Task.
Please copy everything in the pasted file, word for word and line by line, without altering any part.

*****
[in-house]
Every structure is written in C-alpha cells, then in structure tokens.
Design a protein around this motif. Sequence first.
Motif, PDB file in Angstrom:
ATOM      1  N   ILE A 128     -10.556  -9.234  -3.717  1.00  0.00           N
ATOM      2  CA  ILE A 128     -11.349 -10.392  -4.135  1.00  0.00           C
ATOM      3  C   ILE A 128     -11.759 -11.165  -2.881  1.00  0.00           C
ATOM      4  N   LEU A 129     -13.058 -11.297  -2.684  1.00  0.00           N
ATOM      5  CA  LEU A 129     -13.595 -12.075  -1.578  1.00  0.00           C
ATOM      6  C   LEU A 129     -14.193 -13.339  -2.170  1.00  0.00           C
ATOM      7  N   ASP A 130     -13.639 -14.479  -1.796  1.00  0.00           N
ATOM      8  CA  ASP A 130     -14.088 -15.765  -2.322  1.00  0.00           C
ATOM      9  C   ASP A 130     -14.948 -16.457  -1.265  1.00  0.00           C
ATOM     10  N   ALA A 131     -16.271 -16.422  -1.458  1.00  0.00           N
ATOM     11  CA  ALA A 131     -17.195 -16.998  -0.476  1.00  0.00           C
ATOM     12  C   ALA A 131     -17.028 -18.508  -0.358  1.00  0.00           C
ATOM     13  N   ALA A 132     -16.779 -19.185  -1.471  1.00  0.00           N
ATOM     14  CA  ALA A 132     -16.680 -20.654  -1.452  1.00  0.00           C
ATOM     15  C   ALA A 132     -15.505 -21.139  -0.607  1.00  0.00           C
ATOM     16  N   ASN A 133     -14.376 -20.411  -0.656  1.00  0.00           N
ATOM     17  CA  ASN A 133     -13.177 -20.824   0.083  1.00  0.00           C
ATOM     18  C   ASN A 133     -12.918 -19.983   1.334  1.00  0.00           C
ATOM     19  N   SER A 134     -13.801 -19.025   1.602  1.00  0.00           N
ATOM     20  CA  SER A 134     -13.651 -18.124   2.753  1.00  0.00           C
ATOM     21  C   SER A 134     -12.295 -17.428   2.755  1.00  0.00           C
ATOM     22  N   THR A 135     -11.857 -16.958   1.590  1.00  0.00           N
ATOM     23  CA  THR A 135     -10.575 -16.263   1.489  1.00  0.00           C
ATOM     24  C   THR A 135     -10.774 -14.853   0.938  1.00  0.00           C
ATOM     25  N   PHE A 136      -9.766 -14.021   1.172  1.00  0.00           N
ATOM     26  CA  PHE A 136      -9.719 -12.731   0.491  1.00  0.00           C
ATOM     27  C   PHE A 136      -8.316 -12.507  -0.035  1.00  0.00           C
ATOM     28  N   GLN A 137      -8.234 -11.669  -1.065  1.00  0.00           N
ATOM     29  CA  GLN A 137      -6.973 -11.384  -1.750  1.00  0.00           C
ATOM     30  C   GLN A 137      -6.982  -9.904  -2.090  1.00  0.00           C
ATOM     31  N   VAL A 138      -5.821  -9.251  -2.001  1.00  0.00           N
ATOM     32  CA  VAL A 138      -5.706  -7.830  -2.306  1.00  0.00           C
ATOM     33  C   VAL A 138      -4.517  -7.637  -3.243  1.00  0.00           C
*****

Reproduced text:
[in-house]
Every structure is written in C-alpha cells, then in structure tokens.
Design a protein around this motif. Sequence first.
Motif, PDB file in Angstrom:
ATOM      1  N   ILE A 128     -10.556  -9.234  -3.717  1.00  0.00           N
ATOM      2  CA  ILE A 128     -11.349 -10.392  -4.135  1.00  0.00           C
ATOM      3  C   ILE A 128     -11.759 -11.165  -2.881  1.00  0.00           C
ATOM      4  N   LEU A 129     -13.058 -11.297  -2.684  1.00  0.00           N
ATOM      5  CA  LEU A 129     -13.595 -12.075  -1.578  1.00  0.00           C
ATOM      6  C   LEU A 129     -14.193 -13.339  -2.170  1.00  0.00           C
ATOM      7  N   ASP A 130     -13.639 -14.479  -1.796  1.00  0.00           N
ATOM      8  CA  ASP A 130     -14.088 -15.765  -2.322  1.00  0.00           C
ATOM      9  C   ASP A 130     -14.948 -16.457  -1.265  1.00  0.00           C
ATOM     10  N   ALA A 131     -16.271 -16.422  -1.458  1.00  0.00           N
ATOM     11  CA  ALA A 131     -17.195 -16.998  -0.476  1.00  0.00           C
ATOM     12  C   ALA A 131     -17.028 -18.508  -0.358  1.00  0.00           C
ATOM     13  N   ALA A 132     -16.779 -19.185  -1.471  1.00  0.00           N
ATOM     14  CA  ALA A 132     -16.680 -20.654  -1.452  1.00  0.00           C
ATOM     15  C   ALA A 132     -15.505 -21.139  -0.607  1.00  0.00           C
ATOM     16  N   ASN A 133     -14.376 -20.411  -0.656  1.00  0.00           N
ATOM     17  CA  ASN A 133     -13.177 -20.824   0.083  1.00  0.00           C
ATOM     18  C   ASN A 133     -12.918 -19.983   1.334  1.00  0.00           C
ATOM     19  N   SER A 134     -13.801 -19.025   1.602  1.00  0.00           N
ATOM     20  CA  SER A 134     -13.651 -18.124   2.753  1.00  0.00           C
ATOM     21  C   SER A 134     -12.295 -17.428   2.755  1.00  0.00           C
ATOM     22  N   THR A 135     -11.857 -16.958   1.590  1.00  0.00           N
ATOM     23  CA  THR A 135     -10.575 -16.263   1.489  1.00  0.00           C
ATOM     24  C   THR A 135     -10.774 -14.853   0.938  1.00  0.00           C
ATOM     25  N   PHE A 136      -9.766 -14.021   1.172  1.00  0.00           N
ATOM     26  CA  PHE A 136      -9.719 -12.731   0.491  1.00  0.00           C
ATOM     27  C   PHE A 136      -8.316 -12.507  -0.035  1.00  0.00           C
ATOM     28  N   GLN A 137      -8.234 -11.669  -1.065  1.00  0.00           N
ATOM     29  CA  GLN A 137      -6.973 -11.384  -1.750  1.00  0.00           C
ATOM     30  C   GLN A 137      -6.982  -9.904  -2.090  1.00  0.00           C
ATOM     31  N   VAL A 138      -5.821  -9.251  -2.001  1.00  0.00           N
ATOM     32  CA  VAL A 138      -5.706  -7.830  -2.306  1.00  0.00           C
ATOM     33  C   VAL A 138      -4.517  -7.637  -3.243  1.00  0.00           C